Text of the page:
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I was teaching my Pregnancy Massage course in Bristol in March with Heidi Armstrong, Well Mother teacher and director of Complementary Therapies College Bath.  On the last day Katy Whitehouse, from the APNT, who validate the course came and did the external assessment.  As often the case, our conversation turned to how many myths still persist about massage in pregnancy. Several students during the course had been told in other pregnancy massage courses things like:  work with the sacrum needs to be avoided,  along with shiatsu points around leg and shoulders (without detail on exactly where), abdominal work, work in the first trimester. When I asked what rationale was given, there was none!  Katy and I are thinking of starting a discussion on these topics to get therapists more aware of the issues.  I wrote my book “Pregnancy and childbirth”  to try to give some clarity: but I am aware that not everyone will  have the time to read it and get the answers. So we are going to try to write some short pieces about these different myths.

One blog is on Massage in the first trimester

Please let me know your thoughts and any myths you have come across.

I am getting more and more students on my courses who have done short courses but don’t feel they are being sufficiently prepared to address the needs of  pregnant women.  Let’s keep working to get the standards raised so that pregnant women get the massage they deserve!  And please write in with stories of your work with pregnant women.


Seated pregnancy massage


Lindsey Seabrook did my course recently and was inspired to share this about her training.


Lindsay doing with pregnancy massage

Lindsay doing with pregnancy massage

My training with Well Mother: by Lindsey Seabrook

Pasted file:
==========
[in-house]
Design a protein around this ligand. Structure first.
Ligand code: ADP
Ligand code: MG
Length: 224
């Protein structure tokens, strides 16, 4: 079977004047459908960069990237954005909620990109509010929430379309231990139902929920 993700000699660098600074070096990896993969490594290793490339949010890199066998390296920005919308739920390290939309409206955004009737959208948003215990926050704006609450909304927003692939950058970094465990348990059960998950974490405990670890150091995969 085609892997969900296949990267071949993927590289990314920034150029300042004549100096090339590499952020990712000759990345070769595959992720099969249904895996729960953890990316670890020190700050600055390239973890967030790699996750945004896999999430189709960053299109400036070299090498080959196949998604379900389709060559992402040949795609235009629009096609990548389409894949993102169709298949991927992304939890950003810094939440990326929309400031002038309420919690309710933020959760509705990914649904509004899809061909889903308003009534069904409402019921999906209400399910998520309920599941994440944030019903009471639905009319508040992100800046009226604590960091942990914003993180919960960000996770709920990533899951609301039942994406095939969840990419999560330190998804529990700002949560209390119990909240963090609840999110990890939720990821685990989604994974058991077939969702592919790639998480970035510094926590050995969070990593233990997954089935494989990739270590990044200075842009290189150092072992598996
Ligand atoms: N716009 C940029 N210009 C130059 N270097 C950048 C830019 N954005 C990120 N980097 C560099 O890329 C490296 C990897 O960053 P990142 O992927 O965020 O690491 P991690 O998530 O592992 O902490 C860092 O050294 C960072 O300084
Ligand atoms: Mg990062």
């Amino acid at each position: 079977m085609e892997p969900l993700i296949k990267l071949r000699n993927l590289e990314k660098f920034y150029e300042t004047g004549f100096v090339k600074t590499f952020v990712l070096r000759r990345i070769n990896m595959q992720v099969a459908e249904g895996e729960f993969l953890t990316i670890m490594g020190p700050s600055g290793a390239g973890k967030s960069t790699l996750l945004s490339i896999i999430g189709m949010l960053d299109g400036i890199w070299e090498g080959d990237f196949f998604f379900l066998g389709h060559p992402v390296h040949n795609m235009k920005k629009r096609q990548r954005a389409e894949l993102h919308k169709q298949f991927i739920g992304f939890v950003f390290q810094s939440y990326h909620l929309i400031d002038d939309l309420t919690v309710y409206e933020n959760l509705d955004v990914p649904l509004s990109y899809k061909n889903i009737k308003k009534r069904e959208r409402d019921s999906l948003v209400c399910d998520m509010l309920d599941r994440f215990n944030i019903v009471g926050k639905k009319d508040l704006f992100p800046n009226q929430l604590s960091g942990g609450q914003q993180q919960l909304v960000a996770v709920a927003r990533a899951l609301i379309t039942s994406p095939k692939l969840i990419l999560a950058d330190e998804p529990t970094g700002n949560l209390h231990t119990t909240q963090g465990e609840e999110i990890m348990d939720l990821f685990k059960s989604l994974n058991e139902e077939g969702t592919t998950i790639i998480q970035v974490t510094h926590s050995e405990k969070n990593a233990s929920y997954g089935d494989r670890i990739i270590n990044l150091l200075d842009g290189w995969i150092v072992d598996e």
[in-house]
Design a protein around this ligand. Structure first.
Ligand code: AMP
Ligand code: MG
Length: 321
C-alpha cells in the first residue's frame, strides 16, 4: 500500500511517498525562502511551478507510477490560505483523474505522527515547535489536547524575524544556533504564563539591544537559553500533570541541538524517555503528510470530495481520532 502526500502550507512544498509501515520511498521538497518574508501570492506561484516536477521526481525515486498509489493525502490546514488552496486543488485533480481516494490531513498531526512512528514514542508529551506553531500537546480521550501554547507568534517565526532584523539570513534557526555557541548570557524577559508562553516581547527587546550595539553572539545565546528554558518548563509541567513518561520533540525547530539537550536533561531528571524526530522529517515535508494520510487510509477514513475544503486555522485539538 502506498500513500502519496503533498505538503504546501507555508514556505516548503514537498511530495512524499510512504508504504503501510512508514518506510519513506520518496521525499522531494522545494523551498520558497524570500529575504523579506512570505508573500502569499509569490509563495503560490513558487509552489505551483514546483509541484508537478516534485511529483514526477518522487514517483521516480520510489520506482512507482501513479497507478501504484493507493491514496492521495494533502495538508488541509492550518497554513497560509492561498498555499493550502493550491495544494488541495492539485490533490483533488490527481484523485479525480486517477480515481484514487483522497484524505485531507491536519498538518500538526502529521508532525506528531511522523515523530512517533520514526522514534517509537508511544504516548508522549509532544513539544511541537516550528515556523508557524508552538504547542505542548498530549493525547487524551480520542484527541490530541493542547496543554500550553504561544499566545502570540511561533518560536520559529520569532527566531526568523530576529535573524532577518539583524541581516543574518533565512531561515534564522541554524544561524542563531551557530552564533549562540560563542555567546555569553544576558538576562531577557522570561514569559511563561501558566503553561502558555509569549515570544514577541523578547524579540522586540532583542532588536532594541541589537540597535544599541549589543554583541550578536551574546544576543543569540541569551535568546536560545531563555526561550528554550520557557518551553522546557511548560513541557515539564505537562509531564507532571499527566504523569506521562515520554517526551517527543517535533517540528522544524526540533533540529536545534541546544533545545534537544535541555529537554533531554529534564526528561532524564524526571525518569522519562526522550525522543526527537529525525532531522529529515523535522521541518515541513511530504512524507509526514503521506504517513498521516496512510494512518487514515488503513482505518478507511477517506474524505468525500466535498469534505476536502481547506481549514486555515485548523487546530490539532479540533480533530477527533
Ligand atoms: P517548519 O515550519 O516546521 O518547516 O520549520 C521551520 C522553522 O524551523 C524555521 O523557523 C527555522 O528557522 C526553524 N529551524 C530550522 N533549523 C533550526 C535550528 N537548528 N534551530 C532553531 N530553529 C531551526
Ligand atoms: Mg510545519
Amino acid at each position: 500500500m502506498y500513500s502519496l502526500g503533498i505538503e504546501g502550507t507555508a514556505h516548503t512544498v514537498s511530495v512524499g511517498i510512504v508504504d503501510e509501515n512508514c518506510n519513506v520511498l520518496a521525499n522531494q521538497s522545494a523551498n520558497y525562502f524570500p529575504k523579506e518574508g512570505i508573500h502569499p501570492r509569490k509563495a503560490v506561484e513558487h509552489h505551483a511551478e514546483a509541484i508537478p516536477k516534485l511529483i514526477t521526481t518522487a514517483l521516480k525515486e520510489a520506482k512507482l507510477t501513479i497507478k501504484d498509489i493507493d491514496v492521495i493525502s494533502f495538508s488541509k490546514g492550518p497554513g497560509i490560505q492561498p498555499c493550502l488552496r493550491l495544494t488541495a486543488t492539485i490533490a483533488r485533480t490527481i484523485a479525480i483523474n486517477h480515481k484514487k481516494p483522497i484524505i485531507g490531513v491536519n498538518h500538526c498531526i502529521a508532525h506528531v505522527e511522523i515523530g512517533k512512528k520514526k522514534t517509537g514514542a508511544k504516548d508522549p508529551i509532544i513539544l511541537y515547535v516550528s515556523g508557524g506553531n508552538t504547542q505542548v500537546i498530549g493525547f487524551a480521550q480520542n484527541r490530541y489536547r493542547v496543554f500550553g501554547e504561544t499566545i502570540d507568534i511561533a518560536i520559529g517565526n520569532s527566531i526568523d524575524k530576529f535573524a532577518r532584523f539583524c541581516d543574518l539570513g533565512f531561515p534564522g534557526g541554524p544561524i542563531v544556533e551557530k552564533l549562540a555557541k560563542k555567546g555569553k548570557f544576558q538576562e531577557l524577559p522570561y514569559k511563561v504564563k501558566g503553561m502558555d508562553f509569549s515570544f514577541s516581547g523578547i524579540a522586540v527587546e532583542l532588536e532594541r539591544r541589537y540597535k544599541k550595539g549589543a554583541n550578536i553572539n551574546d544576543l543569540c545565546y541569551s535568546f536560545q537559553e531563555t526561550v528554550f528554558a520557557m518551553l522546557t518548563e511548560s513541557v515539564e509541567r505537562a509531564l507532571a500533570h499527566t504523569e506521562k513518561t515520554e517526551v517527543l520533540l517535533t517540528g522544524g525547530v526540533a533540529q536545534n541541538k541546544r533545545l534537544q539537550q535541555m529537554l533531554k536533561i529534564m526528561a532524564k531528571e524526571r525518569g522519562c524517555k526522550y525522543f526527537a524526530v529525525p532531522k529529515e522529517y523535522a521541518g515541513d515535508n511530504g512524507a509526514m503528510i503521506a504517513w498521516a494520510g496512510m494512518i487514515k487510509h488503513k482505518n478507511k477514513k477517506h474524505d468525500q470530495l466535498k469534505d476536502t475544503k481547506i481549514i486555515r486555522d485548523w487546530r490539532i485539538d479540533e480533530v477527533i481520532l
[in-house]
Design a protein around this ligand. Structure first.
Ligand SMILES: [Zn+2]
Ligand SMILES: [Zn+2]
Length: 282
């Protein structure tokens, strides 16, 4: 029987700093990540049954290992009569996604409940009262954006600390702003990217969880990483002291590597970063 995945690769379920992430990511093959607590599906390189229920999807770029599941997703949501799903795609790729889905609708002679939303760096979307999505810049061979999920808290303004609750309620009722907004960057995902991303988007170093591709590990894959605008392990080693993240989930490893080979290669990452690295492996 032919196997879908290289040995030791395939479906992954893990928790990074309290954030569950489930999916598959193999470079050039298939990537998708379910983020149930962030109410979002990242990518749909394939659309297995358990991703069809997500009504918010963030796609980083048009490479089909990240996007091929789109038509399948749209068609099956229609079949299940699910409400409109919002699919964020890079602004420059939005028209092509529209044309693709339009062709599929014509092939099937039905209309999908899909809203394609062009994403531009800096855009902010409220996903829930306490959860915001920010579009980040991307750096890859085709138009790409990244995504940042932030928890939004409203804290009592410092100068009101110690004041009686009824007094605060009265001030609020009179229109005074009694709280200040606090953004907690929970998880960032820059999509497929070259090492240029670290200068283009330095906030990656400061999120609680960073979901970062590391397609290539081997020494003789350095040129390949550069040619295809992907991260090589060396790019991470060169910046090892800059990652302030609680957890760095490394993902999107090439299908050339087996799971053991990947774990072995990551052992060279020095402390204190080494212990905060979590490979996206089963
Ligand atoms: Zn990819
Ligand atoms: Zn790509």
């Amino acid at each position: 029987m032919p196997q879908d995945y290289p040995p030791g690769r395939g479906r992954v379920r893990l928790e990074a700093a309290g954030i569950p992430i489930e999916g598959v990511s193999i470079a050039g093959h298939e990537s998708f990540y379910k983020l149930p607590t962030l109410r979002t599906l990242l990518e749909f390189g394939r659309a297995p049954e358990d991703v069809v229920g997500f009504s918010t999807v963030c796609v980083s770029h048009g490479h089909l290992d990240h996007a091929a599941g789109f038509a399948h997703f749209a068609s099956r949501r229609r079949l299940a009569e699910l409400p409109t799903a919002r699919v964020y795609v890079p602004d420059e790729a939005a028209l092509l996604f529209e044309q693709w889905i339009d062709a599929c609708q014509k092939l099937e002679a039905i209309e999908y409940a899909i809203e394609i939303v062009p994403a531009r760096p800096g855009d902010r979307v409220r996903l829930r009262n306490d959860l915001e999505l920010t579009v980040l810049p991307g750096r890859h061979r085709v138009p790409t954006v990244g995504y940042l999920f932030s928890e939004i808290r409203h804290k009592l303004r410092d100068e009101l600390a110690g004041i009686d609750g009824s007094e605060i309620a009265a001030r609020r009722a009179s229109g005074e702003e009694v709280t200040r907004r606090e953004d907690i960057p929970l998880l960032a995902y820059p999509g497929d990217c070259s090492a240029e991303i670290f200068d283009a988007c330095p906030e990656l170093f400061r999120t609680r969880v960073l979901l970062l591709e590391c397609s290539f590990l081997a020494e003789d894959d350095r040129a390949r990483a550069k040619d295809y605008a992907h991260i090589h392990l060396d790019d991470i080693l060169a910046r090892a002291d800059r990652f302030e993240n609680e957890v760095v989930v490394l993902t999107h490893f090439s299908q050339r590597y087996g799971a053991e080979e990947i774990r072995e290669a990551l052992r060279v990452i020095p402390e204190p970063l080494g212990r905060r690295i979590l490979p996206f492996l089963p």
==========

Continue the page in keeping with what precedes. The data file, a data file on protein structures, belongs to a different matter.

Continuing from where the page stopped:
Having just recently qualified from my holistic massage course with Bodyology in London, I wasn’t looking to take on another course straight away! I qualified in July 2012 and I wasn’t quite sure where my massage course was going to take me and whether it was a career move or not at this stage.

On 24th November 2012, I attended one of the fabulous London MTI workshops about Pregnancy Massage, presented by Fiona Barnes. What an exciting time of life to be working with women and how satisfying and pleasurable to help them physically and mentally throughout their pregnancies. I have always felt that being pregnant can be quite a lonely, painful and stressful time for some women. There appears to be a lack of support, both emotional and physical for women at this time and although the NHS provides an excellent service, I don’t feel that their resources offer quite enough. Pregnancy massage therapists can fill this gap and offer an additional level of support.

Fiona gave an excellent demonstration, on the floor, of a pregnancy massage and how to work with women during their pregnancy. She seemed to be so enthusiastic, confident and fulfilled in her work and re-iterated how it was a great pleasure and honour to be working with women and offering a service that they perhaps were not getting from their primary health care providers.

Fiona had trained with Suzanne Yates at Well Mother and said that Suzanne was the ONLY person to go to for pregnancy massage training! Feeling very enthused and intrigued by this workshop, I started to do some research of my own about pregnancy massage courses.